Jorge Luis Borges wrote that the history of literature could be understood as a grouping of declensions of the same metaphor. Architecture continues to face, after six millennia, unchanging issues that are timeless. Borges also imagined a story with the character of Pierre Menard who wrote another Don Quijote, the same but different from the text by Miguel de Cervantes. Entresitio’s interpretive exercise of three identical but dissimilar passages, like Valery’s quote above, touches on the struggle between rigor and creation that gives poetry its meaning. In El Danubio, Claudio Magris asked if it is more interesting to opt for life over law, for spontaneous creativity over the symmetry of a code, and posited that poetry inhabits Dantean tercets more than in the vagueness lacking in forms. Virtuous creativity is the capacity to freely create and establish a law. Free practice with some departures from these three projects ends up having an extraordinary proactive scope.

Aristotle maintained that history and poetry are guided by separate ends: history is interested in the concrete, the specific, what happens to certain people in specific moments and places; poetry, like art, engages the general, the universal and what concerns everyone in whatever place or circumstance. Perhaps the experience of “nx1”, which may one day complete the whole alphabet, combines both approaches, as exemplified by this visual exercise. Perhaps we should recall Samuel Beckett’s refrain, which has become a sort of mantra in many a creative strategy manual, “Ever tried. Ever failed. No matter. Try again. Fail again. Fail better” and that Entresitio has made its own mantra by building on its successes, coming back to repeat building after building, each the same but different, doing it better with each go.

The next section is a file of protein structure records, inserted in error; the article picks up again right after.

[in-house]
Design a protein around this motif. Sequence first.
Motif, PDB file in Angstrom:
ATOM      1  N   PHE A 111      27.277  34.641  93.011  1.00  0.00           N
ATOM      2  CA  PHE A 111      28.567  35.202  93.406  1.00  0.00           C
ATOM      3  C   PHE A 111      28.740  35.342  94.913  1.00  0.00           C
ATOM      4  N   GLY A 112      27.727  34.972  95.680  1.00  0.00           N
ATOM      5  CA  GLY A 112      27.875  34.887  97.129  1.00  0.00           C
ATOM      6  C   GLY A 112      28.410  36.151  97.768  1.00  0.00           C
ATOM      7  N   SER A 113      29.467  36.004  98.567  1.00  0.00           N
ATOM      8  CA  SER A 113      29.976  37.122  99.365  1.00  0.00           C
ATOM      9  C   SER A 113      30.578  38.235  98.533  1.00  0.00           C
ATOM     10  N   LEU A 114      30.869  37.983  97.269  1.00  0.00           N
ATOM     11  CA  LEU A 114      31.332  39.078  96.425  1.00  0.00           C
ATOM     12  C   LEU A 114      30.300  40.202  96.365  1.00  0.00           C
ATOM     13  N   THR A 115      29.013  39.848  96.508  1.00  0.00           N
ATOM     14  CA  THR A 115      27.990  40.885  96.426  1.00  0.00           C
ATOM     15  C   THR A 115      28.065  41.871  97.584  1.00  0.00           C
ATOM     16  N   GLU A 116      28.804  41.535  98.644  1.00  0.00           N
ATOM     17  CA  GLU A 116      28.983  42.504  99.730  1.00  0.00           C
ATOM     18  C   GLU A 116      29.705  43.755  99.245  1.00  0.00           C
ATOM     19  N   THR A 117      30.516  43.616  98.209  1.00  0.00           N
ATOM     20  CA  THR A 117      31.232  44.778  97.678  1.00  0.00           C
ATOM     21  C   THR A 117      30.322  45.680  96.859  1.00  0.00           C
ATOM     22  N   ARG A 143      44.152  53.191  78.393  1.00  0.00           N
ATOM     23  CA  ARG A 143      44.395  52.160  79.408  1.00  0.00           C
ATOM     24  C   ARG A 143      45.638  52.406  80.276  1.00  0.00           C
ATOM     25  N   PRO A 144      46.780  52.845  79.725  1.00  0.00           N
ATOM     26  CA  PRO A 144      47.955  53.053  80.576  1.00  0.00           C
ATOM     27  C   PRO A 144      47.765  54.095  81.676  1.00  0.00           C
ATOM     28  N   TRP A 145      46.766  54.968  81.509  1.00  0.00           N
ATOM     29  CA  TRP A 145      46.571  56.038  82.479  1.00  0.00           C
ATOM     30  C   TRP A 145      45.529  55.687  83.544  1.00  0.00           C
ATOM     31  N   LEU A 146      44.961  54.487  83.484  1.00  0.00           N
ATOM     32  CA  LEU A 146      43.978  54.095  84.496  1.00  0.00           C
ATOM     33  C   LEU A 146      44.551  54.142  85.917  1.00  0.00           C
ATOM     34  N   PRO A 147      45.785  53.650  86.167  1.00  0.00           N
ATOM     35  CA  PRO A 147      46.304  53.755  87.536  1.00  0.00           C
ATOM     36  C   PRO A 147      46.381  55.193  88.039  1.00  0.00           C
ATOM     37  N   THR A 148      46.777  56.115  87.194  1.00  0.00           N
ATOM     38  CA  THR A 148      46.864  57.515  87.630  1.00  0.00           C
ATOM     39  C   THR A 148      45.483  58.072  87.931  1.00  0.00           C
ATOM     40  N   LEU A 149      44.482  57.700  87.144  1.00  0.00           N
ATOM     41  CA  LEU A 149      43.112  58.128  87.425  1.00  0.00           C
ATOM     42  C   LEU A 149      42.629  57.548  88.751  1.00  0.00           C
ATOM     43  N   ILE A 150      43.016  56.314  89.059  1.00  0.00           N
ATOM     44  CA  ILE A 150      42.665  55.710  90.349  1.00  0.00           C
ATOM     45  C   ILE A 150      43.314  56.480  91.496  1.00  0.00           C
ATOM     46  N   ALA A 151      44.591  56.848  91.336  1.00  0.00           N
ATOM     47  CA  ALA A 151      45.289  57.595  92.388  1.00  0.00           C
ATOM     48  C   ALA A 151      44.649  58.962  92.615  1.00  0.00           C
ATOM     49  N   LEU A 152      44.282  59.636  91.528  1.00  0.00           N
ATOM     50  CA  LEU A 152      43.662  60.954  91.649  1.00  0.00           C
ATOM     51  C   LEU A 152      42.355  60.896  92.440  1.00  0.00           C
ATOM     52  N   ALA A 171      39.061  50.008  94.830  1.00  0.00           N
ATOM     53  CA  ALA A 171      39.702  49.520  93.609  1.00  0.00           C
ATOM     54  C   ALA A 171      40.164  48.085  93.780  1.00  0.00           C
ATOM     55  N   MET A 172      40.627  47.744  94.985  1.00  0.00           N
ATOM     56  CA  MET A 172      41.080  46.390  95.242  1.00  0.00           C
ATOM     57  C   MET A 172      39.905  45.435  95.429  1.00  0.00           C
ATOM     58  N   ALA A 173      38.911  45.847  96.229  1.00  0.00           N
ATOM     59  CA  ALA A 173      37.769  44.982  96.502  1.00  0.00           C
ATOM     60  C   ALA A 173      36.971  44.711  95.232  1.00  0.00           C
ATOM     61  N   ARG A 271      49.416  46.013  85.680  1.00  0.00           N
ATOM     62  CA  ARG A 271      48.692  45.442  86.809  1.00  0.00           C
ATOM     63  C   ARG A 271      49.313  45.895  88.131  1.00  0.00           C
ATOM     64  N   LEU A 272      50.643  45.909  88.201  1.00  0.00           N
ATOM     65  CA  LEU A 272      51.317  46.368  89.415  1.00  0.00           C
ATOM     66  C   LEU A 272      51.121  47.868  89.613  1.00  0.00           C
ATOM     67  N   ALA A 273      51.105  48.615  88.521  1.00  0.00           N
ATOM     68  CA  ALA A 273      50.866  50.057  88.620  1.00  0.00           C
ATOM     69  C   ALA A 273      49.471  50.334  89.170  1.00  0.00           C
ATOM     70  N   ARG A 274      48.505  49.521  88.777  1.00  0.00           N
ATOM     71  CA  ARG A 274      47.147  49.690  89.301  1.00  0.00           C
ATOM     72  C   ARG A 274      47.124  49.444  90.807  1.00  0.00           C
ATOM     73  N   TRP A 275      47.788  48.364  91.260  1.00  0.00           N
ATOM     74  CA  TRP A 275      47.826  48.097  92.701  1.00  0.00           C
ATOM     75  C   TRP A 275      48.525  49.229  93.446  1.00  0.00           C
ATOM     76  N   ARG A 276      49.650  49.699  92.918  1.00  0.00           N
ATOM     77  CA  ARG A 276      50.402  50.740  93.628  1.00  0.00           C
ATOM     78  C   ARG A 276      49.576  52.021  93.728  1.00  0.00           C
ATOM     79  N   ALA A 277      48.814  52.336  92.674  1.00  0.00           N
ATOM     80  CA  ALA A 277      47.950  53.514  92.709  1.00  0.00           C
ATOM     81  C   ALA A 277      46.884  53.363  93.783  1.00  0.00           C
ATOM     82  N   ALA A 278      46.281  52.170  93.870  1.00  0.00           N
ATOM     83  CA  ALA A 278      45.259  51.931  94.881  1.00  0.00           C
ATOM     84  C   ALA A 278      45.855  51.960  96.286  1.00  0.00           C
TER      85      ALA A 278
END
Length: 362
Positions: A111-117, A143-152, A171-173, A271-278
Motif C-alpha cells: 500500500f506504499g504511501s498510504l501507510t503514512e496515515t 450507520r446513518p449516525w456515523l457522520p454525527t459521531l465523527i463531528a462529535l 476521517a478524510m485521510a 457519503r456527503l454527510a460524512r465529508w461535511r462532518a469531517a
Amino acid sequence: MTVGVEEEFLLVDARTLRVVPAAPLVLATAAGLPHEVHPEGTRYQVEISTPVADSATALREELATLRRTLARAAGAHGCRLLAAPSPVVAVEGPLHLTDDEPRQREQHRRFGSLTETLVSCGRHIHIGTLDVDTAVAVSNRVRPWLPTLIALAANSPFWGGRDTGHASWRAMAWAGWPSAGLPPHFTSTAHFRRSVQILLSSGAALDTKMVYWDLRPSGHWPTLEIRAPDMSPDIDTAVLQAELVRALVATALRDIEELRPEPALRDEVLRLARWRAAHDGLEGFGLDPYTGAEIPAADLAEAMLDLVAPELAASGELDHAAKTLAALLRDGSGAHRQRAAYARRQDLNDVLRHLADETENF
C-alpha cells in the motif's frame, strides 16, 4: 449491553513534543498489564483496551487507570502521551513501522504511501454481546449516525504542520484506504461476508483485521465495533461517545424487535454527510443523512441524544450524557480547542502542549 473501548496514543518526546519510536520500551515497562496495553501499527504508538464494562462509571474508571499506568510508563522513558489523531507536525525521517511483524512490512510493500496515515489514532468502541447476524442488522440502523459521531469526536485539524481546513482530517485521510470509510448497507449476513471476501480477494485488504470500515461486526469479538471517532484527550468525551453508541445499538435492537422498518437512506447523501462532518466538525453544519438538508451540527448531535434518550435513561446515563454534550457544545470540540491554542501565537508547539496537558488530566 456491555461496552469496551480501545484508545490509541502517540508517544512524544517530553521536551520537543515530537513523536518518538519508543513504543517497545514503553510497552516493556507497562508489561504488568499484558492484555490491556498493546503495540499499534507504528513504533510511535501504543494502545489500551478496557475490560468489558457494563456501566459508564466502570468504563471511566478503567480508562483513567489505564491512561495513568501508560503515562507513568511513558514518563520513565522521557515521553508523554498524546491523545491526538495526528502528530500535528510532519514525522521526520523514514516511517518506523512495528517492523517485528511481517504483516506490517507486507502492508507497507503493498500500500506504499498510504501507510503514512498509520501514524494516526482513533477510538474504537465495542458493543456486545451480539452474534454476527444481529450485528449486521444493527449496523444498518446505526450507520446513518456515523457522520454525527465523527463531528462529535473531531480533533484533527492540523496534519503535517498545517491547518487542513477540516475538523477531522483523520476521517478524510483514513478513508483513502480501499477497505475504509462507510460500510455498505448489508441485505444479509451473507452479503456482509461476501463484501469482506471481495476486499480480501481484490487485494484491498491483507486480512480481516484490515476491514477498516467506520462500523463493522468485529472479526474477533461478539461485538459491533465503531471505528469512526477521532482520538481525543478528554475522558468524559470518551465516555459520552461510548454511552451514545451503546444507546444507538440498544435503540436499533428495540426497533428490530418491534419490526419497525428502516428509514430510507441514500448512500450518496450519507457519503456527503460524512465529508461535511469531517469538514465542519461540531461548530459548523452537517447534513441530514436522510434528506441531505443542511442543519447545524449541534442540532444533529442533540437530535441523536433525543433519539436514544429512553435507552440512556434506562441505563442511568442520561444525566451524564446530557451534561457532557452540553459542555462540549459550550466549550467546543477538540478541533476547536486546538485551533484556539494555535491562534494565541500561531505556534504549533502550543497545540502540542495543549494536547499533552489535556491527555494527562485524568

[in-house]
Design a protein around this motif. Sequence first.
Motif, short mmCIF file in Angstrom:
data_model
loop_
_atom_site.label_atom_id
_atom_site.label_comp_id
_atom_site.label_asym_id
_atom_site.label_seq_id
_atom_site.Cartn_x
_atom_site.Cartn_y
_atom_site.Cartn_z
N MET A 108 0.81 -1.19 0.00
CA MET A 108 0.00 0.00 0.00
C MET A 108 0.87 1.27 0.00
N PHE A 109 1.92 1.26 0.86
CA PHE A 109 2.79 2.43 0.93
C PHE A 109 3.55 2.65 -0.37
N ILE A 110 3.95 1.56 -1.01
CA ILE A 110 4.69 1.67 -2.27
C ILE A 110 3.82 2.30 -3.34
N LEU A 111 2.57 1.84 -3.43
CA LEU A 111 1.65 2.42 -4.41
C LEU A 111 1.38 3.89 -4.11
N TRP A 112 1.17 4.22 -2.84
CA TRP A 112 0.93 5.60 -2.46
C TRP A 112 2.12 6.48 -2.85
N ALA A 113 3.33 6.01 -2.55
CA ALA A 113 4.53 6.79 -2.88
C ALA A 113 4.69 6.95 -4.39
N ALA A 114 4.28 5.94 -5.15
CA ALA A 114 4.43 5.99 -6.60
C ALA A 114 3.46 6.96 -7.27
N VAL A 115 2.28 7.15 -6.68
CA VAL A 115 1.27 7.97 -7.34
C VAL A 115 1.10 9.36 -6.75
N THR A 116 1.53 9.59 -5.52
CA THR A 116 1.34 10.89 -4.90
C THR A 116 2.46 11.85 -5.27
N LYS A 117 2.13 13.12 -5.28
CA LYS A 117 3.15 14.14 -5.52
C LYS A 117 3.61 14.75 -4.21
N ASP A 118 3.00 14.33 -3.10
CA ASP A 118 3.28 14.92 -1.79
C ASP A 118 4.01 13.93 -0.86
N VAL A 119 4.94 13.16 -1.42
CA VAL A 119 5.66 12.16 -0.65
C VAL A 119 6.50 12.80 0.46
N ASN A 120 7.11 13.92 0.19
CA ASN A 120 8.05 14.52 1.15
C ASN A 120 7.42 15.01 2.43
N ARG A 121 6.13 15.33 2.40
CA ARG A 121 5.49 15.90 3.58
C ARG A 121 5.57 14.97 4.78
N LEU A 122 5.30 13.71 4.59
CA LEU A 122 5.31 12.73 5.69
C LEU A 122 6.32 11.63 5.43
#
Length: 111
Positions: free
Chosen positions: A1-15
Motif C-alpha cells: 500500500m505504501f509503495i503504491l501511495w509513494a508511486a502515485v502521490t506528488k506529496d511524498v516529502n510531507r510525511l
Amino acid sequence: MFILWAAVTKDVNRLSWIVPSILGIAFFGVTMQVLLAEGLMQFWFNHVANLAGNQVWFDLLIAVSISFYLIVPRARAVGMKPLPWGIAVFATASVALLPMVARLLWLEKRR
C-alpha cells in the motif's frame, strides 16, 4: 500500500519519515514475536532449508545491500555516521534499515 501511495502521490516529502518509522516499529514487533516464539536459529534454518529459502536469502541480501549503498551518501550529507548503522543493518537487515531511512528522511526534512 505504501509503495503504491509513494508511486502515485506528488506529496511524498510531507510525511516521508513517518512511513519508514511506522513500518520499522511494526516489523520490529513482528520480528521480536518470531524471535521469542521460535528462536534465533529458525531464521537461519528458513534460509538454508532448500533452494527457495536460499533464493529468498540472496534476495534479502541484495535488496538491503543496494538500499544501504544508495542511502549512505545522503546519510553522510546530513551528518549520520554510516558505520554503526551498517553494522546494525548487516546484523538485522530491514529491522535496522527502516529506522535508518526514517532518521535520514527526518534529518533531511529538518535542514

Learn more about Clinical: An Architecture of Variation with Repetition, by María Hurtado de Mendoza, estudio.entresitio.

urbanNext (May 24, 2024) Doing It Better: An Architecture of Variation with Repetition. Retrieved from
Doing It Better: An Architecture of Variation with Repetition.” urbanNext – May 24, 2024,
urbanNext March 3, 2018 Doing It Better: An Architecture of Variation with Repetition., viewed May 24, 2024,<>
urbanNext – Doing It Better: An Architecture of Variation with Repetition. [Internet]. [Accessed May 24, 2024]. Available from:
Doing It Better: An Architecture of Variation with Repetition.” urbanNext – Accessed May 24, 2024.
Doing It Better: An Architecture of Variation with Repetition.” urbanNext [Online]. Available: [Accessed: May 24, 2024]